Dice Throne — How a Bad Game Becomes a Good Game

Some time back, I bought the game Dice Throne (Website here) at my local game store (Why Visiting Your Local Game Store is Good — Dice Throne and King of New York/King of Tokyo: King Kong). Basically it’s battle Yahtzee. Each player is a character with special powers. You are dueling other players trying to drive their health down from 50 to 0. Each player has a character specific set of unique dice, which you can roll and then re-roll twice more. You have to manage combat points (in essence, how many cards you can play), improve your player board, manage your cards, and optimize your dice rolls.

— two of the original (and more accessible) characters

Sounds fun, right? However, after playing Dice Throne with the gang, we hated it.

What was wrong with Dice Throne. In no particular order, these were its faults:

  1. The 6 characters provided with the game vary in complexity too much. The Barbarian is easy to play, but some of the others are unsuitable for a first or even a second game.
  2. The starting health was too high and made the game drag on too long.
  3. Too much downtime for inactive players in a 4-player game.
  4. The multiplayer targeting rules were awful. Targets of attacks were determined randomly. Thus, there was no way to beat on strong opponents or eliminate weaker ones. This problem compounded problem #2.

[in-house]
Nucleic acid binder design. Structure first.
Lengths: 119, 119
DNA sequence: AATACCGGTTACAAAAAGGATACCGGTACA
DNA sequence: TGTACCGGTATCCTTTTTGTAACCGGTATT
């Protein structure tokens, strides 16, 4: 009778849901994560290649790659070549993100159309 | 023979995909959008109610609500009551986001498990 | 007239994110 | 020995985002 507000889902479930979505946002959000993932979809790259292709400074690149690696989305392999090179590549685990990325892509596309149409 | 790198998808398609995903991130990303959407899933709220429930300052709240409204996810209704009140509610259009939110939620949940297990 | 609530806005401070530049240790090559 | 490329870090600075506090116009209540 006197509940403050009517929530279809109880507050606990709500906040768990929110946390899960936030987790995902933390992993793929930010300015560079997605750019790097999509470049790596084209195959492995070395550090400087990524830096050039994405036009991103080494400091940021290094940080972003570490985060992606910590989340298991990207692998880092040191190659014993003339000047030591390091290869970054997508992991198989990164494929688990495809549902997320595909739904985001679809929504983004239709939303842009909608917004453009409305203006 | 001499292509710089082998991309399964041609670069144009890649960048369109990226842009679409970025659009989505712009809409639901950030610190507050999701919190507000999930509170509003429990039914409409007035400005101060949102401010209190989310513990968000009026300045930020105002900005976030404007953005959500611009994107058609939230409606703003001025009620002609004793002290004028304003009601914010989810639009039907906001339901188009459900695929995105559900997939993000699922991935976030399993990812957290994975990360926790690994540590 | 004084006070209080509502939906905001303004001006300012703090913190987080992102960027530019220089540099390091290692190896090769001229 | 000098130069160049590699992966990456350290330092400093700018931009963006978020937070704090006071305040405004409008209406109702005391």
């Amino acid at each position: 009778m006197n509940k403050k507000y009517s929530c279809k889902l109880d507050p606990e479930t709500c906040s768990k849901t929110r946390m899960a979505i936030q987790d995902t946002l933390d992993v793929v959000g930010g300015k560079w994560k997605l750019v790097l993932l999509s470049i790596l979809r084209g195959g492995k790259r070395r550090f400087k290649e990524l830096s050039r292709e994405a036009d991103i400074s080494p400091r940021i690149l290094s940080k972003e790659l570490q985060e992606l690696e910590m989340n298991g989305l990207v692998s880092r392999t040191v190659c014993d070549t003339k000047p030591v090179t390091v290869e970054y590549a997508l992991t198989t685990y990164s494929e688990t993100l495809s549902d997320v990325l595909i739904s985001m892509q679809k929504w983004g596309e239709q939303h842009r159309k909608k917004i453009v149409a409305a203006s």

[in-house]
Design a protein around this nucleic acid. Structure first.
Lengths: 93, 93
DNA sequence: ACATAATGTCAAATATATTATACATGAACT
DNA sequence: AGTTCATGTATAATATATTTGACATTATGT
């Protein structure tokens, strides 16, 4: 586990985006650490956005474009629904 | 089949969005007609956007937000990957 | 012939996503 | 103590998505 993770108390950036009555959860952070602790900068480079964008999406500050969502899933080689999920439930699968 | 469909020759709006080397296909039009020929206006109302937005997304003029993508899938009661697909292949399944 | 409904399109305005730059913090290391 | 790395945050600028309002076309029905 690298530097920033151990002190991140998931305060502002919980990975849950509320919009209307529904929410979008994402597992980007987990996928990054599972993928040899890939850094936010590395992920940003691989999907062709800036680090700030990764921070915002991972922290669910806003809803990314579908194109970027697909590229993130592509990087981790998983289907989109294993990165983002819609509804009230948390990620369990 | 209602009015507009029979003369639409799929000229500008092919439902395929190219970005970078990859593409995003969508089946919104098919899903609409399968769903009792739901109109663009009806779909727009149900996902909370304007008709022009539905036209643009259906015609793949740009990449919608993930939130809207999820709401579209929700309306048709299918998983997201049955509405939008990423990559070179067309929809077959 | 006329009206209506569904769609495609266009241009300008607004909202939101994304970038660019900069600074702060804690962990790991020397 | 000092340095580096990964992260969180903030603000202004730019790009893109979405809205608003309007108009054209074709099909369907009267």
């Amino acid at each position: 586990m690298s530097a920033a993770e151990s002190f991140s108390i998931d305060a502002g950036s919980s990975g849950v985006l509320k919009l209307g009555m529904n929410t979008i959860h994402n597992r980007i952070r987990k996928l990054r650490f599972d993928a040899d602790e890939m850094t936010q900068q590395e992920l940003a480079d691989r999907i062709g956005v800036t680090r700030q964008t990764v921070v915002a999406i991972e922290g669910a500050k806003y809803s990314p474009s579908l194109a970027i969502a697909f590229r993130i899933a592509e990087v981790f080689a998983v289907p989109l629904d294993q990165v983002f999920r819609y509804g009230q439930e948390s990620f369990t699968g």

• — the original version 1.0 rule book. It was written poorly and some rules were awful (such as the random targeting of opponents)
  • How Dice Throne Listened and Got It Right

  • In the intervening time between my gang playing Dice Throne and today, the community of players spoke loudly. They gave a great deal of feedback to Roxley Game Laboratory. In particular, fans demanded the targeting rules be abandoned and the rules re-written.
  • And guess what? Roxley Game Labs listened! They changed the rules!
  • — the new rules!
  • Now players can target whomever they want, health is still suppose to start at 50 but players are encouraged to use whatever starting value they want, new expansion characters are accessible even to beginners, and the rulebook has been rewritten to improve clarity and organization. The rules are more intuitive. The targeting rules now are similar to most multi-player dueling style games. The lag between turns is still there, but with less health and strategic targeting, the downtime is less.
  • Recently, we got in another 4-player game using the new rules…and we loved Dice Throne! I even played a couple games with my two young boys, who loved it too (they of course ganged up on me and eliminated me first, ugh).
  • — two of the expansion characters
  • The Verdict

  • Dice Throne has an elegant and simple idea at its core: Yahtzee meets CCG style dueling. Yet, the original execution of the idea was flawed. The designers listened to feedback and now they have a hit on their hands. The game is simple enough for young kids to play it, but also complex enough for more serious gamers. It also has a fun, random Yahtzee element that lightens it up a bit. I give a big thumbs-up to version 2.0!
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